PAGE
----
The Importance of Identifying Front Runners

Today I want to talk to you about pace, how finding front runners in certain conditions has transformed my betting over the last 8 months, and how it could transform yours too.

Understanding pace and identifying the right front runners to back has been responsible for about 250 of the 550 points profit I have won this year from my own ‘form based’ betting. (I like to distinguish what I call ‘form’ based betting from the horses I back as a result of systems I have built) I spend around one hour every evening and another hour the following morning looking for few bets a day and pace plays a vital role in identifying those horses that I think are overpriced.

If you are not identifying front runners, and when to back them, you are missing out on huge profits.

So, in this piece I am going to look at one example from Hexham (today) on the 19/11/2014. I will also look at a couple of ‘pace’ horses that take my fancy tomorrow at Chepstow.

For some punters pace is inextricably linked to times and sectionals. Some people are experts at, for example, working out if a horse went off too fast last time out or if it was given too much to do when the pace was slow. They use this analysis to note those horses worth following in future or to find value bets.

Not for me.

I’m not a ‘ratings’ punter and I’m not into sectionals and times. In fact I am not even into ‘handicapping’ -never once have I thought about what x amount of lengths means to a horses handicap mark. Can a horse win from its current mark-that is all i want to know. But that is a discussion for another day.

For me you can over complicate this great sport of ours and in all honesty I simply don’t get excited about that side of ‘the game’. In truth I’m not sure if I would be any good at it. I admire those judges that use this ‘timing’ approach successfully but it is not for me. I would like to think my recent experience demonstrates that you do not need an overly complicated approach to be successful.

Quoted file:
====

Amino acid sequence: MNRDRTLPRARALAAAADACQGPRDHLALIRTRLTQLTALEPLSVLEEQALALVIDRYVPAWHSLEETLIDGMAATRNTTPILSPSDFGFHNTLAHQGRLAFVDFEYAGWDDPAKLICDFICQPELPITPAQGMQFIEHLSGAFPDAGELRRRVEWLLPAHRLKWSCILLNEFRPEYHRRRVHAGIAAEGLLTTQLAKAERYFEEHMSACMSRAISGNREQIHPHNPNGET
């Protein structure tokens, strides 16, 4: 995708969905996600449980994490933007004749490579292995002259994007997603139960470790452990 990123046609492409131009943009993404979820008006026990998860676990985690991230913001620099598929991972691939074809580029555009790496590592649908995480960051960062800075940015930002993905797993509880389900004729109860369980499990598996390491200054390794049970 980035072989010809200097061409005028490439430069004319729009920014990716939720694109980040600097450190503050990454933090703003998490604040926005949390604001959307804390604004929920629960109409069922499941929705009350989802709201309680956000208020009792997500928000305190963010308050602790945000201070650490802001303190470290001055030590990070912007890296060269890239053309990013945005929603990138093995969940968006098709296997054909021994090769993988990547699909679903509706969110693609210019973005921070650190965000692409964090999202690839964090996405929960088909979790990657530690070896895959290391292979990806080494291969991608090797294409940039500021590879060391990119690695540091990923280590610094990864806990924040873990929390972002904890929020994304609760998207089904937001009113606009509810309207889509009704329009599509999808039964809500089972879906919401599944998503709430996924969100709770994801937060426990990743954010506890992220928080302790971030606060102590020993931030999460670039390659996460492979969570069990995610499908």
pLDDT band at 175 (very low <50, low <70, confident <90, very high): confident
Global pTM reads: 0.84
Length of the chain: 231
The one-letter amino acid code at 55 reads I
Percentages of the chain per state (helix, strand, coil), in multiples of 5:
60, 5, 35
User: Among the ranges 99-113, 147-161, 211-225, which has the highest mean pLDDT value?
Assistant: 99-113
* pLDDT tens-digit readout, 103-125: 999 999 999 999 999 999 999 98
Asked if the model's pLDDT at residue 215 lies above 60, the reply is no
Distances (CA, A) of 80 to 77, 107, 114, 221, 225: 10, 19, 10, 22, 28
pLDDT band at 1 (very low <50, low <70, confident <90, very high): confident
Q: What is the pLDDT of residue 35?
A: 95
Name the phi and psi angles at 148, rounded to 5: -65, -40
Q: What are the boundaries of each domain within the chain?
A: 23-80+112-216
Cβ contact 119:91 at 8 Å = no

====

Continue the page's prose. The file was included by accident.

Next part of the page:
How do I use Pace?

Generally I look at a race in isolation and work out which horse is best suited to the race conditions. When it comes to ‘pace’ I predominantly focus on identifying front runners – those horses who I think have the ability to win but who may also have an advantage because they will get an uncontested lead.

If the jockey is able to dictate the pace he/she can leave those behind with far too much to do. If they can kick at the right time (so that the line arrives before their horse starts tiring) and get up to full speed with an advantage rarely will those behind be able to catch them. (Unless they are outclassed of course) The ‘chasers’ also have to get up to top speed in order to catch the front runner but the problem is they may already be 5 or 10 lengths behind the leader when they hit top gear.

So you have the chasers going full speed and the leader also going full speed, but the leader is already 10 lengths ahead. Horses can only go at their top speed for so long, so it is likely both the leader and the ‘chasers’ will tire at a similar time. By that point it is too late because the leader is too far ahead or may have already crossed the line. Now this is a simplistic description but it is how I view the importance of front runners and how a race can be shaped.

Clearly this is not an exact science and this approach can make you look silly. Of course the ‘chasers’ or one chaser may just be a better or quicker horse than the front runner. As such their top speed, or even their cruising speed, is quicker than the leader so when the jockey ‘presses the button’ they can pass those in front with ease.